“I have made progress to add some extra touches or distractions to aid my fellow patients during treatment day: current magazines in all bays, (folk don’t always have the time, energy, or money to bring something). Some free of charge papers, including the Yorkshire Reporter, (to stay in touch with local news.) Books and cards, we sell for a donation. Magnifying sheets, (as the medications can make our eyesight “blurry”, so folk can still read if they choose to. Scarves and hats, that gives both warmth and confidence, to those without hair.

“I approach the suppliers and manufacturers of the things I considered to be my “tools” which aided me through Chemo. I explain I am a Chemo Chum and ask them for discounts to make my donation money stretch a little further. Of course, if they wish to, I’ll accept a donation.

“So if you, like me, want to spread some joy at a time when folk need it most, by donating your time, your services, or any “tool” that might make treatment easier; get in touch by emailing me: or visit for more info.”

For volunteering at any of the Leeds hospitals email


The NSPCC do all they can to support children. Childline helps anyone under 19 in the UK with any issue they’re going through. Whether it’s something big or small, trained volunteer counsellors are there. Childline is free, confidential and available any time, day or night. Since 1997 when the Childline service opened a base in Leeds, 224,415 online counselling sessions have been provided by volunteers. The charity also delivers Speak out. Stay safe. Assemblies in primary schools across the UK, and volunteers are the lifeblood of the NSPCC, enabling them to provide such services.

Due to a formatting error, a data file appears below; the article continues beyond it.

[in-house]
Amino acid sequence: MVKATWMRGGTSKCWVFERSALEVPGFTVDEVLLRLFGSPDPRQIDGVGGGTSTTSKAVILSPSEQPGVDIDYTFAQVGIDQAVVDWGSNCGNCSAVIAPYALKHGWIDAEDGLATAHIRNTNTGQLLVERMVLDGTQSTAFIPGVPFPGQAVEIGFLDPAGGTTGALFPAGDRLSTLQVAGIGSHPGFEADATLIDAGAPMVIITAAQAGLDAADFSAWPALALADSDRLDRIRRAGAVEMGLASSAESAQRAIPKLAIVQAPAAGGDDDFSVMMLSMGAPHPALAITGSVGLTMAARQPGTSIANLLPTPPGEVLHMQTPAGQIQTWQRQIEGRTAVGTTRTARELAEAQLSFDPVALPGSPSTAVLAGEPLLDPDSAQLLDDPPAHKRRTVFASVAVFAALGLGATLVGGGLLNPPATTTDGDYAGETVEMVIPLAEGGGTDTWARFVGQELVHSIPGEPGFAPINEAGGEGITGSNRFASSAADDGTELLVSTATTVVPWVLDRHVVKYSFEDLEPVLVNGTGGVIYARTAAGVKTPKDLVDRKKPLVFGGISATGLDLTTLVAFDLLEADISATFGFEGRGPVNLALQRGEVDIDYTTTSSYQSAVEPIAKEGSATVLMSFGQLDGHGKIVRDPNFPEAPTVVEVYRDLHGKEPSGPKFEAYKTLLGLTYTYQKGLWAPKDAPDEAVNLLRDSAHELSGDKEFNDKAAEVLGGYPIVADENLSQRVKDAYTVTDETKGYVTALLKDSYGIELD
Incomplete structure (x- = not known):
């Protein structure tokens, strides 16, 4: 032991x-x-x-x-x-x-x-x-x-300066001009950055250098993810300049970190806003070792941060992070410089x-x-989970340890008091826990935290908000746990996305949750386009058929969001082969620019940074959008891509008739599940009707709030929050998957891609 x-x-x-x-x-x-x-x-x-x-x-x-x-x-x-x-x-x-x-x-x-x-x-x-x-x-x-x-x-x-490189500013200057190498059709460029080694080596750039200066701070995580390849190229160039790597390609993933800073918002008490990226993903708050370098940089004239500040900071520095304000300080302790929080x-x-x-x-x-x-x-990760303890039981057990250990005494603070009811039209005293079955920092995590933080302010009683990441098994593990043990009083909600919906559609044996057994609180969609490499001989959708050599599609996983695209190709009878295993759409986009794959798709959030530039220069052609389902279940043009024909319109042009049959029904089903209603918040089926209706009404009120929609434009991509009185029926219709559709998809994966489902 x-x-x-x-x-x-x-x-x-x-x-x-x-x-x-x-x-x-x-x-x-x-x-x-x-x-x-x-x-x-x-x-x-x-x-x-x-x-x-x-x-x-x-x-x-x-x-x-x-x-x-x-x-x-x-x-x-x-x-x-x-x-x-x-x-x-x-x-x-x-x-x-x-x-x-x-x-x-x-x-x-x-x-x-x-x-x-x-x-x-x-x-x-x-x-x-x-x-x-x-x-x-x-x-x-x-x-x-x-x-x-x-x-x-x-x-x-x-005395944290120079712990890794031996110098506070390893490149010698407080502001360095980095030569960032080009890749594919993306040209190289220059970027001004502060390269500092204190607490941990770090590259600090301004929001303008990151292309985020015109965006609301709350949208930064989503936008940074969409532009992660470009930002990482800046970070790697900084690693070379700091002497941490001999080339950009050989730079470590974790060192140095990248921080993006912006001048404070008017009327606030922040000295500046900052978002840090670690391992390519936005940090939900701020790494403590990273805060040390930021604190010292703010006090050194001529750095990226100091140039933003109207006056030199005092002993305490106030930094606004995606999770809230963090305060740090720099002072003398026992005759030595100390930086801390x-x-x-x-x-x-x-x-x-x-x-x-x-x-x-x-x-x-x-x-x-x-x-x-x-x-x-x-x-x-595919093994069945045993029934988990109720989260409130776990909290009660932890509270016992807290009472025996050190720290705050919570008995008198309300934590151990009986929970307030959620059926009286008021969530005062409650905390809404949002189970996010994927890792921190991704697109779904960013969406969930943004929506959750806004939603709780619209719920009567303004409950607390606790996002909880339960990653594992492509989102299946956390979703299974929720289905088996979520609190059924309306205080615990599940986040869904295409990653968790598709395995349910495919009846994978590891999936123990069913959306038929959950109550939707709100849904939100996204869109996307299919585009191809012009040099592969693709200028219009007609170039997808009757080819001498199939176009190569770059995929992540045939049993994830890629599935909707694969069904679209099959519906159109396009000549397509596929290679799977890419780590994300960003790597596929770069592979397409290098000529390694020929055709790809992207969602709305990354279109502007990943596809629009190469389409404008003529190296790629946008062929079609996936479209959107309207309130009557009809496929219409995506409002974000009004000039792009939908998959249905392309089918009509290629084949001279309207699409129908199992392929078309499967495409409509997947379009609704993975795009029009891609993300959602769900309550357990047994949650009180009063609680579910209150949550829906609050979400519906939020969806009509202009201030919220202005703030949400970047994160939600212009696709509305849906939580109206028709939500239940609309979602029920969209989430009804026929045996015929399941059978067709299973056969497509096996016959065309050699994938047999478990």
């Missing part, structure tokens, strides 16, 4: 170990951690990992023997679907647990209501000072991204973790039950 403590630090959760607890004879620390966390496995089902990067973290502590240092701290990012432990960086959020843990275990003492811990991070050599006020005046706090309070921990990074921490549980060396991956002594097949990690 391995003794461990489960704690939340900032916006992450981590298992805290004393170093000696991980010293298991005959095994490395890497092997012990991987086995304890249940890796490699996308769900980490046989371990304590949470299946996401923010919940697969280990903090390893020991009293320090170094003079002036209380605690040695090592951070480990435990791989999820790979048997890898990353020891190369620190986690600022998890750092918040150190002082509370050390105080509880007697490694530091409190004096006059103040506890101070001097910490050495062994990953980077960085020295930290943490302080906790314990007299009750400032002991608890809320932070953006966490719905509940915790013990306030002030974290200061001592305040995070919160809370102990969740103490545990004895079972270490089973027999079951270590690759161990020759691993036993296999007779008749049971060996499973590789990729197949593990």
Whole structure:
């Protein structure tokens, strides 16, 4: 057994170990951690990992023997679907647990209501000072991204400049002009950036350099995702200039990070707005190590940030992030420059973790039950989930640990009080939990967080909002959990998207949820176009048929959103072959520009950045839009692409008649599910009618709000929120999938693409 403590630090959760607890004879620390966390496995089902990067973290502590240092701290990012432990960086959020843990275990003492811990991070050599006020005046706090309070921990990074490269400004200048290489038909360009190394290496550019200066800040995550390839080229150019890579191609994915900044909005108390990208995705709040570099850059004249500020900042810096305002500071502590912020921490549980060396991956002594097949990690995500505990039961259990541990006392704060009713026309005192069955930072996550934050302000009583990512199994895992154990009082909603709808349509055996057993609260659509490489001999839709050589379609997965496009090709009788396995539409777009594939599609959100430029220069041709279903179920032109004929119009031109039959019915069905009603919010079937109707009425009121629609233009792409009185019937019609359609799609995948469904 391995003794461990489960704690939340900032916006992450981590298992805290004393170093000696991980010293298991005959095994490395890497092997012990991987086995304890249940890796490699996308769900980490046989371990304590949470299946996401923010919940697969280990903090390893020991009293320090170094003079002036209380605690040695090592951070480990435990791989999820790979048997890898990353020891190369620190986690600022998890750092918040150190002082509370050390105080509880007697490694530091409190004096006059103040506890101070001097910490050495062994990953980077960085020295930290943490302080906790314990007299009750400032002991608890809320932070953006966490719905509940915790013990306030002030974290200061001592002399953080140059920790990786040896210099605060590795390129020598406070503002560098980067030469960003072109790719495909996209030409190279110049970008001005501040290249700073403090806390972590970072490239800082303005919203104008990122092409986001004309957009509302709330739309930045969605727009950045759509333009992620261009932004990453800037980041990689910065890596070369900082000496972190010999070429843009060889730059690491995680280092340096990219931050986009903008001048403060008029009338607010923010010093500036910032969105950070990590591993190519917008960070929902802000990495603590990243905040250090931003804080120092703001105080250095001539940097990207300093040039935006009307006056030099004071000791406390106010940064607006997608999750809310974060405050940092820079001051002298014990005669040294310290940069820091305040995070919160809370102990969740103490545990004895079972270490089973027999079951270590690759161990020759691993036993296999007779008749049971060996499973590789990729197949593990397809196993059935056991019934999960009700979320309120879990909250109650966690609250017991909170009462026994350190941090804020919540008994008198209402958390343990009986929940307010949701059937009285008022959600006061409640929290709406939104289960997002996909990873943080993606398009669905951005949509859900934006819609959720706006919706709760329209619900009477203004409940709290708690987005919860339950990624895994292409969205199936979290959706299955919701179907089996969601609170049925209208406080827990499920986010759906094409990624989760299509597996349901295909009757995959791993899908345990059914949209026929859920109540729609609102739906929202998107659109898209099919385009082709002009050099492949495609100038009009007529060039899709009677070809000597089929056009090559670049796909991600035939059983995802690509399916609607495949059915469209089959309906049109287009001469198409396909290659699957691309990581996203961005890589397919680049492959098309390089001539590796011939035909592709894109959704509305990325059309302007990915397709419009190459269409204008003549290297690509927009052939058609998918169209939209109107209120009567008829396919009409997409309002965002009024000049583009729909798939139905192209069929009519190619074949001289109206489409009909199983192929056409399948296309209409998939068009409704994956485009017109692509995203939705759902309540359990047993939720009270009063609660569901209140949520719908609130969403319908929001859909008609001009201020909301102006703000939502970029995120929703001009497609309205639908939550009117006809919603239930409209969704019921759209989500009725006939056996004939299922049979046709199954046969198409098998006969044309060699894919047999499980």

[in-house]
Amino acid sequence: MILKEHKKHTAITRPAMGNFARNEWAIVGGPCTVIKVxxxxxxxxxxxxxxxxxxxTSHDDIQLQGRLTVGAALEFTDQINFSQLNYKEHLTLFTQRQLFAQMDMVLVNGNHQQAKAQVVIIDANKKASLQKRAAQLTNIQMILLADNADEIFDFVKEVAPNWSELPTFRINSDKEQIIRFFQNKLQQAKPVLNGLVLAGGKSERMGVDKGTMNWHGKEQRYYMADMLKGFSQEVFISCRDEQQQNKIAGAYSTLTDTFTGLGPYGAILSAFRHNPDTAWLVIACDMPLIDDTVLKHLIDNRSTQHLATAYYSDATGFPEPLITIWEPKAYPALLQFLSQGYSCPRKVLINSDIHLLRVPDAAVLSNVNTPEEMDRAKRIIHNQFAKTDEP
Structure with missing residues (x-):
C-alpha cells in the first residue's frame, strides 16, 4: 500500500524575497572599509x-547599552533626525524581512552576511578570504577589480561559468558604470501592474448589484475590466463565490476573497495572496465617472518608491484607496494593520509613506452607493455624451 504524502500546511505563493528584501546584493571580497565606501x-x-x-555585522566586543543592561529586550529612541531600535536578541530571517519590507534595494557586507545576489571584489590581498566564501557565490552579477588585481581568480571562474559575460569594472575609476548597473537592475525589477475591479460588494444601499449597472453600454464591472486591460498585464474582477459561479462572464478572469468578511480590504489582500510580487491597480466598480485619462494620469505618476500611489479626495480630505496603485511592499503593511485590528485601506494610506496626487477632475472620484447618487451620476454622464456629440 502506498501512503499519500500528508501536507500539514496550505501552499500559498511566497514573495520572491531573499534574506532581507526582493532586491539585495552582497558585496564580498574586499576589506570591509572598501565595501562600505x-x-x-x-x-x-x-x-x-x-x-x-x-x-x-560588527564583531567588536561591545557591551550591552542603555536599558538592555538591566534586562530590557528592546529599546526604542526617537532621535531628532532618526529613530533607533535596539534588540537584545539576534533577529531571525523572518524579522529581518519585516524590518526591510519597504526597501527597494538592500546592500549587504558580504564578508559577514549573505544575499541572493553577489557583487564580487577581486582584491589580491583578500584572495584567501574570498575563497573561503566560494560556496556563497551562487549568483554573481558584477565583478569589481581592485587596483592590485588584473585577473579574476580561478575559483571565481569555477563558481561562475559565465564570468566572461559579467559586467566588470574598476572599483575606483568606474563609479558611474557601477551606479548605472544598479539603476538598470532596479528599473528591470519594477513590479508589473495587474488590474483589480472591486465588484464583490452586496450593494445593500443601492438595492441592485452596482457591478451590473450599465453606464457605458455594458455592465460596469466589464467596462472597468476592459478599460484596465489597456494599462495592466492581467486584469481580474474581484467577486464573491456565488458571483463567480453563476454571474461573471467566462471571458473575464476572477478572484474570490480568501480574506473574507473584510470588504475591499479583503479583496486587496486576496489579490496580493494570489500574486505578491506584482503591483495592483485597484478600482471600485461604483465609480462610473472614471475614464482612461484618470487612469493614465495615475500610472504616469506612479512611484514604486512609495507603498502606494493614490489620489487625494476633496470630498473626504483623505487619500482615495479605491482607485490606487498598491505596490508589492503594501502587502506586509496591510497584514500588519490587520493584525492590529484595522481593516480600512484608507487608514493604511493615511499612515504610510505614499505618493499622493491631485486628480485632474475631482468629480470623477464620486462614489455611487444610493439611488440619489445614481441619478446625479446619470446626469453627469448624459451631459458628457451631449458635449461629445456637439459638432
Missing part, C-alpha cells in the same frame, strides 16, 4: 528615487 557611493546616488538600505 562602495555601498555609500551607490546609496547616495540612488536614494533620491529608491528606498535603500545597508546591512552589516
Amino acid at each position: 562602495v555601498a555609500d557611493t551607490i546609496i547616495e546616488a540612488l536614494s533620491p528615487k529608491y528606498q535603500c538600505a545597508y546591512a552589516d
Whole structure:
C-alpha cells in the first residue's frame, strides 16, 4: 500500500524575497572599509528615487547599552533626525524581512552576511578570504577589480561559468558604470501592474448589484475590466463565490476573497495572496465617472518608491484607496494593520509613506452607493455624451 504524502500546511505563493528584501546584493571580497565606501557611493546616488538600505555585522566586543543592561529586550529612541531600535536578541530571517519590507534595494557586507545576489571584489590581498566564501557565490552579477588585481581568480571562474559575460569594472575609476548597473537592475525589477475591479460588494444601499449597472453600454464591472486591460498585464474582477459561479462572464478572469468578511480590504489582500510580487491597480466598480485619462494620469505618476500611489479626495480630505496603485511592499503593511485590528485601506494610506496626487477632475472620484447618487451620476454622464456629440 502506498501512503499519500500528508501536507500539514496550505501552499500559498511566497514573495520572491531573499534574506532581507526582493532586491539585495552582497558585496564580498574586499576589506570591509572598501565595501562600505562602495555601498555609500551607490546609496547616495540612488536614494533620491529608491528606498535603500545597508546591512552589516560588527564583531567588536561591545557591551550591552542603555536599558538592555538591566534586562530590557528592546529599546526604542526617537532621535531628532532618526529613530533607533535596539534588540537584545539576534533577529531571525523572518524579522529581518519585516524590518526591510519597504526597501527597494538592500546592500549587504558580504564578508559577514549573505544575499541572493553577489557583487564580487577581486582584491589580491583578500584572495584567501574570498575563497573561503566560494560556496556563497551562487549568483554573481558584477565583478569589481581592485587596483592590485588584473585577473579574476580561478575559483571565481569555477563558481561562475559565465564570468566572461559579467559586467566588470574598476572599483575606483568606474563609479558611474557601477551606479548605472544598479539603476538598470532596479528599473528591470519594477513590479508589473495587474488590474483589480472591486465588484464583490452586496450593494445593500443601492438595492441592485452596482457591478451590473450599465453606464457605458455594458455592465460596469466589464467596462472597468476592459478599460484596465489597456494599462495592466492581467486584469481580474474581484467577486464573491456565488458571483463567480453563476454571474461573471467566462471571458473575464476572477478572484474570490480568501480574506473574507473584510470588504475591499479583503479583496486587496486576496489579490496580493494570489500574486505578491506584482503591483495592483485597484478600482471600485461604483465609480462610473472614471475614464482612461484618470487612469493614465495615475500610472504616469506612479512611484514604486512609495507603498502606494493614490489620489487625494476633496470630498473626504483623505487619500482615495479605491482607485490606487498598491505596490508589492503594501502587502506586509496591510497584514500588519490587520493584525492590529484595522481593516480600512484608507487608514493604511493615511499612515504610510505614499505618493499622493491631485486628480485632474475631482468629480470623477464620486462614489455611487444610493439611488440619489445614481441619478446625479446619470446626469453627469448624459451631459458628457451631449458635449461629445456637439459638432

Childline in Leeds are looking for volunteers to help them be there for even more children and young people, when they need someone to talk to the most. As a Childline volunteer you would be trained to develop the skills needed to offer comfort, support and practical advice to many young people and children who call the service for help. 

Darren Worth, Senior Supervisor at Childline’s Leeds base said, “Volunteering with Childline is one New Year’s resolution that might just change your life. Childline gives you the opportunity to make a difference to the lives of children and young people that need someone to listen to them when they feel like they have nowhere else to turn.”

Or why not join their dedicated Speak out. Stay safe volunteers who have reached an incredible 131,425 primary school children, visiting 593 schools across Yorkshire and Humber region in the last academic year alone. Children who suffer abuse often don’t recognise what is happening to them is wrong, so it is hugely important to make sure the next generation are given the information and knowledge they need to help protect themselves against abuse, cruelty and neglect.